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The Storyteller by Jodi Picoult
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The Storyteller (edition 2013)

by Jodi Picoult (Author)

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2,7271503,920 (4.06)63
Sage Singer befriends Josef Weber, a beloved Little League coach and retired teacher. But then Josef asks Sage for a favor she never could have imagined--to kill him. After Josef reveals the heinous act he committed, Sage feels he may deserve that fate. But would his death be murder or justice?
Member:SharleneMartinMoore
Title:The Storyteller
Authors:Jodi Picoult (Author)
Info:Atria/Emily Bestler Books (2013), Edition: 1st Edition, 480 pages
Collections:Your library
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Tags:to-read

Work details

The Storyteller by Jodi Picoult

  1. 10
    The Reader by Bernhard Schlink (Cecilturtle)
  2. 00
    Not Me by Michael Lavigne (BookshelfMonstrosity)
    BookshelfMonstrosity: These thought-provoking novels examine the atrocious activities and difficult decisions made during the Holocaust, the legacy of World War II, and the links between identity and humanity.
  3. 00
    The Girl You Left Behind by Jojo Moyes (Iudita)
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» See also 63 mentions

English (149)  Dutch (2)  All languages (151)
Showing 1-5 of 149 (next | show all)
My first Jodi Picoult. Definitely had some flaws, but was pretty compelling overall. ( )
  CaitlinMcC | Jul 11, 2021 |
I have read several of Jodi Picoult’s books now, and they are somewhat hit-or-miss for me. There are some that I have definitely enjoyed more than others, and some that I didn’t particularly enjoy at all. Picoult is not a Christian writer, and though she is unafraid to delve deeply into complicated and sensitive issues, her endings often fall flat for me. This one, however, is by far my favourite!

The concept instantly intrigued me: a descendant of a Holocaust survivor encounters a former (and reformed) Nazi soldier. Both the modern day situation and the flashbacks to the war era present the characters with difficult moral decisions, and the flashbacks also reveal the slippery slope that can lead a person to commit such atrocities against other human beings. In addition to the present day and historical stories that are playing out, there is another story being told: a fictional tale being composed by a young girl as her world is turned upside down, a tale that parallels her reality and gives it the possibility of a happy ending.

Picoult’s books always reveal a twist near the end, and I can often make a pretty close guess as to what it will be before I get there, or at least have a general idea. Not this time. This one genuinely surprised me! I did not see it coming at all, and I thought it was very well done!

Overall, I really enjoyed this book! The various perspectives were very interesting to read and think about. This is something I will read again someday! ( )
  vvbooklady | May 15, 2021 |
5/5
  TashaMorwell | Feb 24, 2021 |
The village baker & his daughter caught up with the Nazies. The granddaughter baking scarred brefiending an x nazie who wants to be killed and a twist at the end a good read. ( )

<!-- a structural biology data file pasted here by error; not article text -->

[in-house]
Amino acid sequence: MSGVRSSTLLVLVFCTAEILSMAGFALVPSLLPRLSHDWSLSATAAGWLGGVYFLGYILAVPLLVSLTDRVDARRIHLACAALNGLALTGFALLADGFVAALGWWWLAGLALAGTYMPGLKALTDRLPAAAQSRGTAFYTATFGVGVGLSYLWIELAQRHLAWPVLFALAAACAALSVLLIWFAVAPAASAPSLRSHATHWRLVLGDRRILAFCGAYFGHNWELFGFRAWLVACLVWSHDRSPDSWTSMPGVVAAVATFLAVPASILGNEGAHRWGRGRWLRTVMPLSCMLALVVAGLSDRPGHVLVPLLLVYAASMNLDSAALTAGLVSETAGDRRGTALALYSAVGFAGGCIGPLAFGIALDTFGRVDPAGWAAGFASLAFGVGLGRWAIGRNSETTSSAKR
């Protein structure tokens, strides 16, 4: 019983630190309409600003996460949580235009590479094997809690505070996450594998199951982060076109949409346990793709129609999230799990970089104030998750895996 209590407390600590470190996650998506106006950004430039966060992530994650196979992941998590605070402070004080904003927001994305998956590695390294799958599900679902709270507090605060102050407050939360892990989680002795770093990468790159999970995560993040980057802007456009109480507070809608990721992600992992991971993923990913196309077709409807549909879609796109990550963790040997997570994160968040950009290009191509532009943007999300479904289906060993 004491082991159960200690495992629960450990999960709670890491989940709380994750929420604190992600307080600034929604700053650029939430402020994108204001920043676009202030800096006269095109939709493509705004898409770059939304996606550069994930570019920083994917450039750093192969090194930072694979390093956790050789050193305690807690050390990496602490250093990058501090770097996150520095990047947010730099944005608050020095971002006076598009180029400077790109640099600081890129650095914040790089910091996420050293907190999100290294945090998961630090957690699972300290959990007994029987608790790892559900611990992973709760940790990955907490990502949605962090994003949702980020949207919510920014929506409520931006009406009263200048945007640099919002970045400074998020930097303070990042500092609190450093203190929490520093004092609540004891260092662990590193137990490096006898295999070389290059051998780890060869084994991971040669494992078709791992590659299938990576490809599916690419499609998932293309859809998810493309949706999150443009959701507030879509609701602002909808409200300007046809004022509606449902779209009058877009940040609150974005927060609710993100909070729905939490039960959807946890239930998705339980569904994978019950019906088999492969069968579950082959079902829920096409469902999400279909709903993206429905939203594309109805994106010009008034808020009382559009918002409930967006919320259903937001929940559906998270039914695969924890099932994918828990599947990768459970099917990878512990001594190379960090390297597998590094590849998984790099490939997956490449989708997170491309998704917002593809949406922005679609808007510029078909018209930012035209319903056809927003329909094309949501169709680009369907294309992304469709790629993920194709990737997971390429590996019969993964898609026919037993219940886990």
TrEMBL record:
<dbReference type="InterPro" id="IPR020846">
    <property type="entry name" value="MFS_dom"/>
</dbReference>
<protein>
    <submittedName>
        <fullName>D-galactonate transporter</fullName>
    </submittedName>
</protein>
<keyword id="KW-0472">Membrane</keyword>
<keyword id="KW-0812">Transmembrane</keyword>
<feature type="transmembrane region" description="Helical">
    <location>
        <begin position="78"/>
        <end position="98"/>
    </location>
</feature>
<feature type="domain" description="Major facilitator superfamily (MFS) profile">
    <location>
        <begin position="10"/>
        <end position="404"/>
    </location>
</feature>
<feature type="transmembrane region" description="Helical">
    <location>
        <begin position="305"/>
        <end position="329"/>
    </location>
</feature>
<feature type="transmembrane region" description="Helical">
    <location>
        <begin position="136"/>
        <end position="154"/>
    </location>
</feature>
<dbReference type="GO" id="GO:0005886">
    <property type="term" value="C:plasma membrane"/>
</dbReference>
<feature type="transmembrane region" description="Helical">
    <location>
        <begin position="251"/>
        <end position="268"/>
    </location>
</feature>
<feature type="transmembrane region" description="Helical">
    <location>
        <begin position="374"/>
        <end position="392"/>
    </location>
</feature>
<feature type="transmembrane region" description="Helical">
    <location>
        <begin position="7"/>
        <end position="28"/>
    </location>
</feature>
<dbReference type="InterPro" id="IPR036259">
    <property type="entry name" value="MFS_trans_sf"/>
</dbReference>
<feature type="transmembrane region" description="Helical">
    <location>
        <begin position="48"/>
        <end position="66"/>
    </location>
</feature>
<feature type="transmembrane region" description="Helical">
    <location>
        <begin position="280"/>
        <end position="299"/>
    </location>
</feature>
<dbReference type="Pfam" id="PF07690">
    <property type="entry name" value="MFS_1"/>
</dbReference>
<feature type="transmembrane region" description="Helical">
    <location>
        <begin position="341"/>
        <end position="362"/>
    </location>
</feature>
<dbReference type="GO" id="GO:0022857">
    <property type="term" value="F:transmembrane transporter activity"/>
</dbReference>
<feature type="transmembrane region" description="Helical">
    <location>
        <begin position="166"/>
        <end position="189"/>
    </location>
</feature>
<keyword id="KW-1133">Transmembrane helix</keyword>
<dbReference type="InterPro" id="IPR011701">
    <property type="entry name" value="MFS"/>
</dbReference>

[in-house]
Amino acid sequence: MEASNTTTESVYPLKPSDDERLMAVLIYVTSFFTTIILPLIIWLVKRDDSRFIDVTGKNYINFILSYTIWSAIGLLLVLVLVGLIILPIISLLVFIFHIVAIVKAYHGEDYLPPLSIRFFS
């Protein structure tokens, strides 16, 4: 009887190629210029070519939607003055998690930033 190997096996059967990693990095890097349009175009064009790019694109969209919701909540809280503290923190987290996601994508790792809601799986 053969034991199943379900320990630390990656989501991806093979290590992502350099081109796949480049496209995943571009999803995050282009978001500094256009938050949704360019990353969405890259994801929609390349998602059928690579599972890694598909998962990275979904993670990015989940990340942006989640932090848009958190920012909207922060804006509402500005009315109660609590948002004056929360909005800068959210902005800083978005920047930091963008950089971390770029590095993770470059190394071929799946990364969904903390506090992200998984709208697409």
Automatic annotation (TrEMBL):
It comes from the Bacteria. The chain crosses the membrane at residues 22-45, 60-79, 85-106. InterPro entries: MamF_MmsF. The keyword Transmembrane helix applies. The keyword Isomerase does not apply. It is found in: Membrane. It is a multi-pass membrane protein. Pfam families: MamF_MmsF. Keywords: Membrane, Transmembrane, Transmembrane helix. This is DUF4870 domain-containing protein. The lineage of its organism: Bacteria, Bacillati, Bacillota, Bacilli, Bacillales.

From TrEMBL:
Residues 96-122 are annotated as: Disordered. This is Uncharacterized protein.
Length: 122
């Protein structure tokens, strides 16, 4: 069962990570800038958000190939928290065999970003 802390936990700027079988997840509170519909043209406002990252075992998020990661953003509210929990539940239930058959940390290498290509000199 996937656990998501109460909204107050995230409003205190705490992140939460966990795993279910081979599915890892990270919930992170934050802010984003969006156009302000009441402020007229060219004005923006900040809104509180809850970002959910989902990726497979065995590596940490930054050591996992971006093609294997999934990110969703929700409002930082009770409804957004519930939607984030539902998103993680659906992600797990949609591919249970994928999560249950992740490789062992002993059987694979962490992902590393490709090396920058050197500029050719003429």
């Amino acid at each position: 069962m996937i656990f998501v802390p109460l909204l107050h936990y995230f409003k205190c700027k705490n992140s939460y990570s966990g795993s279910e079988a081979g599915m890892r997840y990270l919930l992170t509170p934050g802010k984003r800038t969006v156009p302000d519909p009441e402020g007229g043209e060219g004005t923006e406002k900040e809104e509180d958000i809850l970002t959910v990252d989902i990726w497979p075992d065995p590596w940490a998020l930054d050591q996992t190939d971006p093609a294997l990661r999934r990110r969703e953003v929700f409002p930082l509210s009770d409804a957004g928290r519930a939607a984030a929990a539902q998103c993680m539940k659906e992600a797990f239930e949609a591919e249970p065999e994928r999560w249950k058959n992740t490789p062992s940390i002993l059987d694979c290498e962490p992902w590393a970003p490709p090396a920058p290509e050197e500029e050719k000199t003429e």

BryceV | Feb 22, 2021 |
Incredibly moving and sensitively written. It intertwines the stories of the characters so well. ( )
  zacchaeus | Dec 26, 2020 |
Showing 1-5 of 149 (next | show all)
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» Add other authors (2 possible)

Author nameRoleType of authorWork?Status
Jodi Picoultprimary authorall editionscalculated
Ardon, AyalCover artistsecondary authorsome editionsconfirmed
Lee, Jeanne M.Cover designersecondary authorsome editionsconfirmed
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Epigraph
Dedication
For my mother, Jane Picoult, because you taught me there is nothing more important than family. And because after twenty years, its your turn again.
First words
My father trusted me with the details of his death.
Quotations
There are all sorts of losses people suffer—from the small to the large. You can lose your car keys, your glasses, your virginity. You can lose your head, you can lose your heart, you can lose your mind. You can relinquish your home to move into assisted living, or have a child move overseas, or see a spouse vanish into dementia. Loss is more than just death, and grief is the gray shape-shifter of emotion.
That's the paradox of loss: How can something that's gone weigh us down so much?
But my mother also would have been the first to tell me that good people are good people; religion has nothing to do with it.
I cannot justify why I've picked Josef, a virtual stranger, to reveal myself to. Maybe because loneliness is a mirror, and recognizes itself.
And me: I find myself talking about things that I have long packed up, like a spinster's hope chest.
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Sage Singer befriends Josef Weber, a beloved Little League coach and retired teacher. But then Josef asks Sage for a favor she never could have imagined--to kill him. After Josef reveals the heinous act he committed, Sage feels he may deserve that fate. But would his death be murder or justice?

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Sage Singer, a baker is asked by Josef Weber to make a moral choice. It will make her draw the line between punishment and justice, forgiveness and mercy.
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